NYC Building Data - 3d Models
July 28, 2020
Did you know, that the NYC Dept. of Information Technology and Telecommunications produced a 3d model of all the buildings in New York City? I did. But it has taken some time to figure out how to use it. It’s a lot of data and requires some significant processing to be able to do anything fun with it. And by fun, I mean make stunning renders such as this:
The basic workflow involves:
- Downloading almost a gigabyte of CityGML files
- Converting the CityGML to CityJSON using CityGML-Tools
- Converting the CityJSON files to
objformat using cjio
- Cleaning up the meshes using MeshLab
- Importing the cleaned up meshes into Blender
- Tweaking the rendering setting for hours to be able to handle nearly 1 million vertices.
(There are certainly other methods that I tried, but this list represents the most flexible and robust method I’ve found so far.)
After working through all these steps, we can begin to make some images. I like to incorporate the non-photorealistic rendering engine Freestyle in most of these works. Obviously services like Google Maps have image textures with their 3d buildings, so you can see every little tree and doorway and facade, - that’s not what we’re going for here. I want a more abstract view of the city. I find the imagination has more room to wander when there is less detail to focus on.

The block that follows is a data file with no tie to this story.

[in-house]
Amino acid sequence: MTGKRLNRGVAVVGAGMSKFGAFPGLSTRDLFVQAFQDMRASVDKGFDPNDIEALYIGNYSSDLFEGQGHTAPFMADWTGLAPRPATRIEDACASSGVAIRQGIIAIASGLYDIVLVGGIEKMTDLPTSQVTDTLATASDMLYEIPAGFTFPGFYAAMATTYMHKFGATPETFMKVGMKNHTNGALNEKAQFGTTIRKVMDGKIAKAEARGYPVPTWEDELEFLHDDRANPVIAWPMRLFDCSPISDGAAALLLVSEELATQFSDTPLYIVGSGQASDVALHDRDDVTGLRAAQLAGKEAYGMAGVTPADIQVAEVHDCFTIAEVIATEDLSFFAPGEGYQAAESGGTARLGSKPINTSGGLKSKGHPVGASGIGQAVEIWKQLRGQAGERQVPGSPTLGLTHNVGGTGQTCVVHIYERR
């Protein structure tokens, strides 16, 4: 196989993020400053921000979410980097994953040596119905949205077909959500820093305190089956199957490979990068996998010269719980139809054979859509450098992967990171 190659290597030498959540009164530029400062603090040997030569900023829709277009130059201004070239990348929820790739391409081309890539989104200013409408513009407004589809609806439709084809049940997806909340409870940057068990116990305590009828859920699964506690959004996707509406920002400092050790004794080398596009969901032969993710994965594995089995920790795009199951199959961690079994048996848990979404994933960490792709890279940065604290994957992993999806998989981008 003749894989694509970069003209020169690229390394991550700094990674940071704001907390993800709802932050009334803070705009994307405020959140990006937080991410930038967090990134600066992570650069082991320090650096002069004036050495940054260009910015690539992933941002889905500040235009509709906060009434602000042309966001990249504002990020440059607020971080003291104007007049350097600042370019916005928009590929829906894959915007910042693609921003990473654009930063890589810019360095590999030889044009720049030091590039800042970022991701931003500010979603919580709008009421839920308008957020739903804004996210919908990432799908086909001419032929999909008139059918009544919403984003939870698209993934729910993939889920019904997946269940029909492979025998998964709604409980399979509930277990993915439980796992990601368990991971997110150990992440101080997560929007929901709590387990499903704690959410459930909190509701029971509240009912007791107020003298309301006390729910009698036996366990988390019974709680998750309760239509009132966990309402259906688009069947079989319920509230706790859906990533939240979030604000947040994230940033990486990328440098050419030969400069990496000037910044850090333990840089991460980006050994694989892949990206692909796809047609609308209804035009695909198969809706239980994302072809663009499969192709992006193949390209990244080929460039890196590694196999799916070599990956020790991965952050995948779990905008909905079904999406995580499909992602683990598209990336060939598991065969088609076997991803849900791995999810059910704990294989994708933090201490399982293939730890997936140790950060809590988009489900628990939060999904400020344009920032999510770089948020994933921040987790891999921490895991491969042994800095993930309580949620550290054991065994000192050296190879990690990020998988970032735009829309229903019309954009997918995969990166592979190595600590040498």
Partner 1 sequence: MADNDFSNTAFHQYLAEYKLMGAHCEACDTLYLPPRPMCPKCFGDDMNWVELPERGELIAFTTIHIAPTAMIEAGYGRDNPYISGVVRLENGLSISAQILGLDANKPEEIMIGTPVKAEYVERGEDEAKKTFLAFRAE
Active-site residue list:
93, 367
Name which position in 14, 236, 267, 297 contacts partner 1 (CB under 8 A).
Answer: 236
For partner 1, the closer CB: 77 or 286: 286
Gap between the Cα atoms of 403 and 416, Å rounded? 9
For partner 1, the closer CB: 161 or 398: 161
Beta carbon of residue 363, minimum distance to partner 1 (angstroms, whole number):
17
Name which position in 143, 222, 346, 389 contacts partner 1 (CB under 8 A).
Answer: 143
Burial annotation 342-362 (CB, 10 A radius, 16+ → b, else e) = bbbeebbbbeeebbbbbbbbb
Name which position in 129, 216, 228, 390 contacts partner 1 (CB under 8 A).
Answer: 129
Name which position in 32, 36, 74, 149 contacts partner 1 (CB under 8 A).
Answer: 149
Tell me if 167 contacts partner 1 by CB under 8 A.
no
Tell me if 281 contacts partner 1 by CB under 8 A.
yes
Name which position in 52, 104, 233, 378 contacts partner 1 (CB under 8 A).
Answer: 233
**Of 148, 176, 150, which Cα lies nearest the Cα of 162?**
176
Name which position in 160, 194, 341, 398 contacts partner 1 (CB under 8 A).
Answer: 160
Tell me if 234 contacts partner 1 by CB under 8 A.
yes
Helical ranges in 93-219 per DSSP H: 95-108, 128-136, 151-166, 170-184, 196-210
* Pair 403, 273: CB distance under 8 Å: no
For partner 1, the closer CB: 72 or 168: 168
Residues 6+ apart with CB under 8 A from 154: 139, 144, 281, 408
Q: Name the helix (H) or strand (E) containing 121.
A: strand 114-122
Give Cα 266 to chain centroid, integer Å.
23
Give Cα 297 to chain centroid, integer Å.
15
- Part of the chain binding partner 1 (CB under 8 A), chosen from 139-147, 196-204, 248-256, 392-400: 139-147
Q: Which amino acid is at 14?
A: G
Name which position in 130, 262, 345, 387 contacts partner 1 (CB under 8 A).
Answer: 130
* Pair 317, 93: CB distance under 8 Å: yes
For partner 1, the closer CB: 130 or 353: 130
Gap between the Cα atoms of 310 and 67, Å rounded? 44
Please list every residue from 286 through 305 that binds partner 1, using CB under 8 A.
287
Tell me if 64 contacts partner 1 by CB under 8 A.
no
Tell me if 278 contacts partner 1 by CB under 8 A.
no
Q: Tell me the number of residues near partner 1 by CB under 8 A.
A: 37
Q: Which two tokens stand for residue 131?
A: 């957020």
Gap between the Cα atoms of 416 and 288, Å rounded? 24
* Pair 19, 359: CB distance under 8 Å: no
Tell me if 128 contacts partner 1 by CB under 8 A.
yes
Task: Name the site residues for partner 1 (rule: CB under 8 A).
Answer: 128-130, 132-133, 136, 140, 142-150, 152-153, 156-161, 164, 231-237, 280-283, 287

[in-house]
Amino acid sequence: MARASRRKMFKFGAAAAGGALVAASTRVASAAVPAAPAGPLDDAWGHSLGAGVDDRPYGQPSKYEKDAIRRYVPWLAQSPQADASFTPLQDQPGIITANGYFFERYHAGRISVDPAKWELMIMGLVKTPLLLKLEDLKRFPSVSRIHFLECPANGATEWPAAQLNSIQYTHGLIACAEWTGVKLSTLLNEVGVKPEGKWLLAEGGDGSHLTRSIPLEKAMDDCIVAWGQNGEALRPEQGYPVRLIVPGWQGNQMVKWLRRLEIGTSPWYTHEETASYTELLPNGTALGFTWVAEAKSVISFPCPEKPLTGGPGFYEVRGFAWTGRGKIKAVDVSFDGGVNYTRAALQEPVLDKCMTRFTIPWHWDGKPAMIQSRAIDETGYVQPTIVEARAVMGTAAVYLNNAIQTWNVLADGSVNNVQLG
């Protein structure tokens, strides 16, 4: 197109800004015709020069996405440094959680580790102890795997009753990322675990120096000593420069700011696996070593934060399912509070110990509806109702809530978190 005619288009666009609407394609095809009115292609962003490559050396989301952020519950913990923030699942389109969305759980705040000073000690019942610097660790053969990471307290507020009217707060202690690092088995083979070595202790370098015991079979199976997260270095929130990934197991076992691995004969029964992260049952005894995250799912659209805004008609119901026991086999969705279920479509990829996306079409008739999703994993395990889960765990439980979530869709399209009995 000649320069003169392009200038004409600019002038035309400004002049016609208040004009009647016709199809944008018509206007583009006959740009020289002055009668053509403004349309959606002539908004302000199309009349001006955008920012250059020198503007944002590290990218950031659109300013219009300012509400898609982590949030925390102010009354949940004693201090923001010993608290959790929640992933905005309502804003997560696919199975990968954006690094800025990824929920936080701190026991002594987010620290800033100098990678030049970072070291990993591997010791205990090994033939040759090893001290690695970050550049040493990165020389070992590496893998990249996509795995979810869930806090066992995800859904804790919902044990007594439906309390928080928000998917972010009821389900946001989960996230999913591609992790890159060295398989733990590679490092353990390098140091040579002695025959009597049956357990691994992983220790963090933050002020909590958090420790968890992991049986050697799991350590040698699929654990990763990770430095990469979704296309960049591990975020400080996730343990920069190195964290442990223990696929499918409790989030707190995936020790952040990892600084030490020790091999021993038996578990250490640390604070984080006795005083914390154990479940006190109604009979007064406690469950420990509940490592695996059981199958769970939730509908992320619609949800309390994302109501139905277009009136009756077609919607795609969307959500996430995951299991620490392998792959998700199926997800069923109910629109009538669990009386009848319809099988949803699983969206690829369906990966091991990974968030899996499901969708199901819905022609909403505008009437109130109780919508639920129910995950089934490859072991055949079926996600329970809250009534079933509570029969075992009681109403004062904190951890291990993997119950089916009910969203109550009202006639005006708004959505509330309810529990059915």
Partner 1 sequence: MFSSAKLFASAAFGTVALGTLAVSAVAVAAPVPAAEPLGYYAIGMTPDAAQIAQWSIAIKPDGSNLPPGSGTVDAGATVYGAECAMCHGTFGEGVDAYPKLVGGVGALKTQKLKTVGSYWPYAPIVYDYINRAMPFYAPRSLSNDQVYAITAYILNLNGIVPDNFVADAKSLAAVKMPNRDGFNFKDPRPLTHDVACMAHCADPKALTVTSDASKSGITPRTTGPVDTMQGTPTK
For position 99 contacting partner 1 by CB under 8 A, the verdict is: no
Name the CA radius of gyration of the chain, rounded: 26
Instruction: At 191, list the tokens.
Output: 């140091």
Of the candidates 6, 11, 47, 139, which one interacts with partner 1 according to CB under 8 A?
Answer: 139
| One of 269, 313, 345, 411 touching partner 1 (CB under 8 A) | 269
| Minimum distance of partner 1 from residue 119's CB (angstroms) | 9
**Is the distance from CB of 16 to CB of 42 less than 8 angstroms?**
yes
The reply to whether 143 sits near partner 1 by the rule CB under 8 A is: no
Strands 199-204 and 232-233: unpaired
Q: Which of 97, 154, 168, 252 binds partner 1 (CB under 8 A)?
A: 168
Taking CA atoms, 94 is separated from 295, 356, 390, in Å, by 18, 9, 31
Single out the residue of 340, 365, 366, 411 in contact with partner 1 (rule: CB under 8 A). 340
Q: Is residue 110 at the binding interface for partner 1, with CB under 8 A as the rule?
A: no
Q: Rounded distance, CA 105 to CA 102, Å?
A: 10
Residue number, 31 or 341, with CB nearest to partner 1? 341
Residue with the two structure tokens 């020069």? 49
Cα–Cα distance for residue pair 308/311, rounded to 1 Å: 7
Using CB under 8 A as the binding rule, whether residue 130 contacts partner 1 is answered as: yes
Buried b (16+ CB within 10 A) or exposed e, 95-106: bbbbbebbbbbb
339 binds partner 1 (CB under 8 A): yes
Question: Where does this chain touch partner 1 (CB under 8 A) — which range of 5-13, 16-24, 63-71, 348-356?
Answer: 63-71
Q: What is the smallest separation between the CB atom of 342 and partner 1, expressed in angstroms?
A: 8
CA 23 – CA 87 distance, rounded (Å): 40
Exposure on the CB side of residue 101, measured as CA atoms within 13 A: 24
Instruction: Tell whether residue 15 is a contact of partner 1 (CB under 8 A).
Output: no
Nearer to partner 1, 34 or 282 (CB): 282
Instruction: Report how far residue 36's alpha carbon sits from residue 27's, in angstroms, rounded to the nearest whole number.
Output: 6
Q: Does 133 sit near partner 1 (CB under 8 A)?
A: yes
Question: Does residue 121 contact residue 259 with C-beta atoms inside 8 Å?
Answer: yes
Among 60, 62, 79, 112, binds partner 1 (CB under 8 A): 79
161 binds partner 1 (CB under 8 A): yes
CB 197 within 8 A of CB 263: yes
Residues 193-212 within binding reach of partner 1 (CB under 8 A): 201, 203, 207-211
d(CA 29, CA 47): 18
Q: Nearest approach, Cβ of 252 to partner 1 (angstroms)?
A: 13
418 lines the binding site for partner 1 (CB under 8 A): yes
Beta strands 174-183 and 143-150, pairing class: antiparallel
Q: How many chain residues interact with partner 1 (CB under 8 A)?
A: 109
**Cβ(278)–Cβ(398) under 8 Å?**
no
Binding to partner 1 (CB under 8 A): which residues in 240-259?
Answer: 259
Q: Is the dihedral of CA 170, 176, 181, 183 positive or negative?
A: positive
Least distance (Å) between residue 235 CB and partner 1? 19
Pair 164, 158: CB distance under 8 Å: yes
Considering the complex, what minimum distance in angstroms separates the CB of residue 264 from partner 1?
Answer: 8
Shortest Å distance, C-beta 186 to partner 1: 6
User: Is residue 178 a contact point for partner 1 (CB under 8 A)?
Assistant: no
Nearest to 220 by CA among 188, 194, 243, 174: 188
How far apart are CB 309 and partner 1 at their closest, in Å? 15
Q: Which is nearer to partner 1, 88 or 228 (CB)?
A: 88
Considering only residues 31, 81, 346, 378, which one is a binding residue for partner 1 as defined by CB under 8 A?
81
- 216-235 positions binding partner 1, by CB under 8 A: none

First light on the models looks something like this. Just a bunch of little boxes.
Who doesn’t like a little Depth of Field? We can simulate a camera lens and set some focal points and f-stop values to give the image little more depth, and highlight a subject. In this case the Empire State Building.
Next up we want to work on extracting all the edge lines. This is what the Freestyle render engine does. (Though, it doesn’t do it very quickly so you’ll need some muscle to wrangle something like this)
Then we can merge these two images using the compositor features and we start to get some interesting images.
Finally, we can play with all the various mixing parameters and eventually produce something like the following:
There’s a lot more one can do. We can play with the line rendering and make some more ‘sketchy’ styled renders.
Here are a few of my favorites so far.
Of course, I’d rather be able to hoist a chair on a roof somewhere and bring a pad and pencil and sketch these out by hand, but that’s a tad less feasible these days.
Notes: All images on the page are CC BY-NC, Please credit James Hedberg if you reuse for non-commercial use. For any other inquires please contact.